Starring opposite him is a rather atypical role from Tom Hanks, who as a long-time friend of Spielberg’s, collaborated with him for the first time in 1998’s Saving Private Ryan, and returns to portray for him here the dedicated and unwavering Carl Hanratty. Hanks is known as Hollywood’s everyman, and though Hanratty fits that description, he has a much more stoic and reserved personality type than is usual for Hanks. As the perfect foil to Abagnale’s antics, Carl’s rigid commitment to the work proves him capable of not only stopping, but rehabilitating Frank.
As Catch Me if You Can takes place over a large variety of locations, things move quickly, and Spielberg does a marvelous job at propelling the action. While the sets don’t always strike as being from the late 1960s, they are always rife with meticulous design. Even very brief scenes offer plenty of clues to Abagnale’s way of life. The work is a surfeit of visual flair, mainly using pastel colors. Spielberg teams again with refined cinematographer Janusz Kamiński, and though this is a less serious film, like their previous collaborations, it is shot with a great deal of taste.
From the perspective of being a sample of Spielberg’s larger work, Catch Me if You Can is very notable in that it is one of the most distilled examples of Spielberg’s ongoing exploration with the theme of divorce and familial disintegration. As Spielberg’s parents broke up when he was a teenager after his mother had an affair with his father’s best friend, the situation in Catch Me if You Can mirrors Spielberg’s early life almost to a t. Spielberg could have viewed Frank’s exploits here as allegorical to his own film career, resulting in one of the director’s most personal works.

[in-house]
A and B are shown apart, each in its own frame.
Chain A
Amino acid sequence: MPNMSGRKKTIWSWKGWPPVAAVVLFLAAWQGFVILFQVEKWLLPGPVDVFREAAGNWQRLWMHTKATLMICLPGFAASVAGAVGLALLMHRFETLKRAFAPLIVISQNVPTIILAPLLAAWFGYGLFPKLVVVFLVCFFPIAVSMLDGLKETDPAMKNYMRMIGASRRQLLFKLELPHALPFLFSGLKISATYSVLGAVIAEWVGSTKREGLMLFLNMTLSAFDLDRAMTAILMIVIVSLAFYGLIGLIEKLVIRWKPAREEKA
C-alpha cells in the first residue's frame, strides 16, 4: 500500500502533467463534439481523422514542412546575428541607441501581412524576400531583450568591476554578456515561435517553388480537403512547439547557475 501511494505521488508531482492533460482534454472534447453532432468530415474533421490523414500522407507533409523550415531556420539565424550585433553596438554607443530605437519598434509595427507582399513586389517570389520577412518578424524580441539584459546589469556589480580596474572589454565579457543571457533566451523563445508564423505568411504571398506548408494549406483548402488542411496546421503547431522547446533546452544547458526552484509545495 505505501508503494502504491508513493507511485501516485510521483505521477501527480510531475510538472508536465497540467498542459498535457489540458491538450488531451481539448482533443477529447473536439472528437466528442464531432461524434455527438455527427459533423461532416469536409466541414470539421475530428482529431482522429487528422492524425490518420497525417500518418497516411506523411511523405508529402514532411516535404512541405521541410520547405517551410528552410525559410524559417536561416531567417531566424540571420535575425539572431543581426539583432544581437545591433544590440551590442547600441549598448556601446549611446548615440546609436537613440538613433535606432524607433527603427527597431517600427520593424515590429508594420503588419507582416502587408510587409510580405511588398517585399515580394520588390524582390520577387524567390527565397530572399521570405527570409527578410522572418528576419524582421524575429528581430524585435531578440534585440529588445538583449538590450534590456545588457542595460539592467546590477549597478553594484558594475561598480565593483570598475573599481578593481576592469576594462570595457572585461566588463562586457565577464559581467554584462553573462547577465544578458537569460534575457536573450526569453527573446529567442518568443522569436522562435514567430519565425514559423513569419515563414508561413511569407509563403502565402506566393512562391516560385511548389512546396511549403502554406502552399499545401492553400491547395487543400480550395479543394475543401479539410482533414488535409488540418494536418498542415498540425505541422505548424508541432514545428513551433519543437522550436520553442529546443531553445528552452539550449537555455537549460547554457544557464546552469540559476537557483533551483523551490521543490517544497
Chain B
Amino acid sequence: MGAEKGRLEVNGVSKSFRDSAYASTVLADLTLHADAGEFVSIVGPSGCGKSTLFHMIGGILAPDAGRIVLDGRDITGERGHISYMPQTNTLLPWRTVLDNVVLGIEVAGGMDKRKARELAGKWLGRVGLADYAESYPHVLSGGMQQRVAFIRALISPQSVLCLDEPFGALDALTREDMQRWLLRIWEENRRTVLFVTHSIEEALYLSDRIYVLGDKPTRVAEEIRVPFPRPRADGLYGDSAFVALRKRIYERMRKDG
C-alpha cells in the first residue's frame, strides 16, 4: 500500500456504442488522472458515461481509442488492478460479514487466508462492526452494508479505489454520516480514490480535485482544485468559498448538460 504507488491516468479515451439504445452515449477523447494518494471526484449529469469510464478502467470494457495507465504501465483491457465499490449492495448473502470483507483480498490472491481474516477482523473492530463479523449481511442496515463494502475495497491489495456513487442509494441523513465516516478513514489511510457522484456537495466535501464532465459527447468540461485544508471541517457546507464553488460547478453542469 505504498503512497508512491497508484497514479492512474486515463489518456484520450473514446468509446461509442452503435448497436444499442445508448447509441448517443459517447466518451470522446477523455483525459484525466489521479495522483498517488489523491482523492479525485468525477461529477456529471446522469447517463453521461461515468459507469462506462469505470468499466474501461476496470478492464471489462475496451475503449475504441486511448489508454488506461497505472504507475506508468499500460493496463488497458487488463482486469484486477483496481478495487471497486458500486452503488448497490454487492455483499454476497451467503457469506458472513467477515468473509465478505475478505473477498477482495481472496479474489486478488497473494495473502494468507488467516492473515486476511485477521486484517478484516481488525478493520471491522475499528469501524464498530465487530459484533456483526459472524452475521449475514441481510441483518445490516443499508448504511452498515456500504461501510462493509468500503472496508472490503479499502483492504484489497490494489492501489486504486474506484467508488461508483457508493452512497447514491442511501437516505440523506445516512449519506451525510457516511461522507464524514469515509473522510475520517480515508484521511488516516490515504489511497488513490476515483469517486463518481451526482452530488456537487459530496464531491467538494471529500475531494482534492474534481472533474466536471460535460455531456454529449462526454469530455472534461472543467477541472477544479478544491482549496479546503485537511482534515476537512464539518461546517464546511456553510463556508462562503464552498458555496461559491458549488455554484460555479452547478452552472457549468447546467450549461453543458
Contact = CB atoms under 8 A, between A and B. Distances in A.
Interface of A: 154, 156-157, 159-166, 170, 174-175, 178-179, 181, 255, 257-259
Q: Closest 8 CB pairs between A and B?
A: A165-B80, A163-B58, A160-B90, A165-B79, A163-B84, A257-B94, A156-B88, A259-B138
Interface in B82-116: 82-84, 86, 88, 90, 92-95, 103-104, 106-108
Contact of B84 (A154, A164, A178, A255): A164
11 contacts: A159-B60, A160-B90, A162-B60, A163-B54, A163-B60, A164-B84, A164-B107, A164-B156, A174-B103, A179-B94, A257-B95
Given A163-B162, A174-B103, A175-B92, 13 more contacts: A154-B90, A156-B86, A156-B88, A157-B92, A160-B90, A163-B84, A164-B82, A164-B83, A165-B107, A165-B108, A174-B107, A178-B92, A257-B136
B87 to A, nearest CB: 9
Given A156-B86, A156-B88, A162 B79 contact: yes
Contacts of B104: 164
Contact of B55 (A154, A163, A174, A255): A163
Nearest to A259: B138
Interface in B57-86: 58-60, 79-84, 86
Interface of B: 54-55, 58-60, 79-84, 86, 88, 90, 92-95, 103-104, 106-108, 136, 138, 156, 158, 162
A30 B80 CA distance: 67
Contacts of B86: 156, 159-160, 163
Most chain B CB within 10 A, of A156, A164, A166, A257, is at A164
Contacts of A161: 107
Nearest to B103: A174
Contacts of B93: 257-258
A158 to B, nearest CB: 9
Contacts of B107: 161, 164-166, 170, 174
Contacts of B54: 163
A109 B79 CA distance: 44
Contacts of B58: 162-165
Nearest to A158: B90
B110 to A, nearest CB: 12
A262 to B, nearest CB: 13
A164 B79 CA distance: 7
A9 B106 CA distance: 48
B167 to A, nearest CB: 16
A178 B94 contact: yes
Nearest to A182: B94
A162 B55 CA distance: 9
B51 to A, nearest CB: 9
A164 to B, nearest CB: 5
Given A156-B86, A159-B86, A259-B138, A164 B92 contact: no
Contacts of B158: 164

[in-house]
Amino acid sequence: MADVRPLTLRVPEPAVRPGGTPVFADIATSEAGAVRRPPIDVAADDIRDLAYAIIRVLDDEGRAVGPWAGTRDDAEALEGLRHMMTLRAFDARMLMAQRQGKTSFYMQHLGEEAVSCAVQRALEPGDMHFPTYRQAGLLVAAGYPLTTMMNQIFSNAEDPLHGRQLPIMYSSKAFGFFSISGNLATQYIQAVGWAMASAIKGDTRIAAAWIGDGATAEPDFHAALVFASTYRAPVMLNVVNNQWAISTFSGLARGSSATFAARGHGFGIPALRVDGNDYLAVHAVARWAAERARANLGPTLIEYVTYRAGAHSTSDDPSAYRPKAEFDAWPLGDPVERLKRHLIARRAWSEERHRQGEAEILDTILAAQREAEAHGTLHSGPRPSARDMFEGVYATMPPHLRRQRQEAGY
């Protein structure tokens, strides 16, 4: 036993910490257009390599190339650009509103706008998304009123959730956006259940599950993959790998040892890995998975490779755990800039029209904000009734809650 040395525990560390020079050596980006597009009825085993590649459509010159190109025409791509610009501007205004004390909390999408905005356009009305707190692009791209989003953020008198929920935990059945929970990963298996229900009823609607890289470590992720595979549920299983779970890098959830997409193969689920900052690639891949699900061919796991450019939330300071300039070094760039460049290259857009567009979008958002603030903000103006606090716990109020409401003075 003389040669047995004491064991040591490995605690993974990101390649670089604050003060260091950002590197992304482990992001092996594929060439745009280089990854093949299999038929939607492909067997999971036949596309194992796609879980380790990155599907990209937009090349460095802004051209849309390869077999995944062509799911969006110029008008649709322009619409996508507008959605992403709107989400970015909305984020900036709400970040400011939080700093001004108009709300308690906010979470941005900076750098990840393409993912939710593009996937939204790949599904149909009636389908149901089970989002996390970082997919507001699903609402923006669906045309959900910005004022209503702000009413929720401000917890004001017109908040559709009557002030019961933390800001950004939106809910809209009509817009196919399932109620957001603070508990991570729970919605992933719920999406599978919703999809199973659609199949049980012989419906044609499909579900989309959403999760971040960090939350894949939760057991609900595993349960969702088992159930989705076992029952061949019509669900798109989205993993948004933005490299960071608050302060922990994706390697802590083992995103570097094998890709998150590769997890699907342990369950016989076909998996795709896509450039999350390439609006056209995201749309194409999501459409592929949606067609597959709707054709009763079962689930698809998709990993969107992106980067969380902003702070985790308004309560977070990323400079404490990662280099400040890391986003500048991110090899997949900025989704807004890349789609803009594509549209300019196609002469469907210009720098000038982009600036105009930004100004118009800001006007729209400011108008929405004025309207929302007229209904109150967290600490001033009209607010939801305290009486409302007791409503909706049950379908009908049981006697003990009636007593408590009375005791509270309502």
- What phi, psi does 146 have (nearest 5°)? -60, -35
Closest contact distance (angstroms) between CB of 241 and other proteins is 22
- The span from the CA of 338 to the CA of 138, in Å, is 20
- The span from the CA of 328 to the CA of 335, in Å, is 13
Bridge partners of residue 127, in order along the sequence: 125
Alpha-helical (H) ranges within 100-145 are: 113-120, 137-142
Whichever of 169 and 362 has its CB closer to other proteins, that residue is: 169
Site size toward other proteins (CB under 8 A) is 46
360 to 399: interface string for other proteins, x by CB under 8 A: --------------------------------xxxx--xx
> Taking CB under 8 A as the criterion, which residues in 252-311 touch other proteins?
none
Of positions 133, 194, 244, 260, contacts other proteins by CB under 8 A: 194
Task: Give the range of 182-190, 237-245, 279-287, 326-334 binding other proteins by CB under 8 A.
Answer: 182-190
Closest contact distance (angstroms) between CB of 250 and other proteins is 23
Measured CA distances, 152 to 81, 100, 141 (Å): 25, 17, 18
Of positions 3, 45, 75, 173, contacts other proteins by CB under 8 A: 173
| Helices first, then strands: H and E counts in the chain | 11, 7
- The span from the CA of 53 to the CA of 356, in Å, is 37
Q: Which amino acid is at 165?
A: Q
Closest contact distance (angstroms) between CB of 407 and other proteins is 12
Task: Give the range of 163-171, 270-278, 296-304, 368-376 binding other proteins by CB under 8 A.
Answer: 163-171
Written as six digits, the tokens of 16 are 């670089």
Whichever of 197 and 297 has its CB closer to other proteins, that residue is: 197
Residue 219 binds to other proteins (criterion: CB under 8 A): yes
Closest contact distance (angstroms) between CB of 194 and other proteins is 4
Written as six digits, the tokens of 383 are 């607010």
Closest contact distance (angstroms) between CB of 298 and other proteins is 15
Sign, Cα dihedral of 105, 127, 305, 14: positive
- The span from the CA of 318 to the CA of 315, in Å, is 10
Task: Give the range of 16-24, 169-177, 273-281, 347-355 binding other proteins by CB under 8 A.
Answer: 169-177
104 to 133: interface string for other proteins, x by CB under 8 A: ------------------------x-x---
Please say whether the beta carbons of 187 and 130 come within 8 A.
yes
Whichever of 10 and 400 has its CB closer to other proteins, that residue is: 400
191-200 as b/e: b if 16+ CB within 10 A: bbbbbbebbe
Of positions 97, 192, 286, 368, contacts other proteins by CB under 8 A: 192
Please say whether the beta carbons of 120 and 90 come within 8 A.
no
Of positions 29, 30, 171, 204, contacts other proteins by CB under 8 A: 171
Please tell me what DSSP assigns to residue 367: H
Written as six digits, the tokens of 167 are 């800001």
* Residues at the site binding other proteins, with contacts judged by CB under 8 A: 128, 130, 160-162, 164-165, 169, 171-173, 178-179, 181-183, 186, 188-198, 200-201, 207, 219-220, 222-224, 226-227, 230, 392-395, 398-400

And perhaps driven by that, the film offers some very powerful material that is dexterously interwoven into its largely lighthearted narrative. The heartfelt bond between father and son is effectively conveyed in the first act, and it is this relationship that serves as the emotional centerpiece of the film. In a sense, everything Frank does is in response to what happens to his father and family, and his way of life is informed by him. One can see why Spielberg would respond to this, as it contributed to one of his most moving, and at the same, fun works of film.
Next week on Series Spielberg we’ll be looking at another lighthearted movie featuring Tom Hanks, 2004’s airport drama The Terminal. It’s available on DVD and Blu-Ray, you can also find it for rental through digital retailers. Give the movie a watch, and I will see you next week.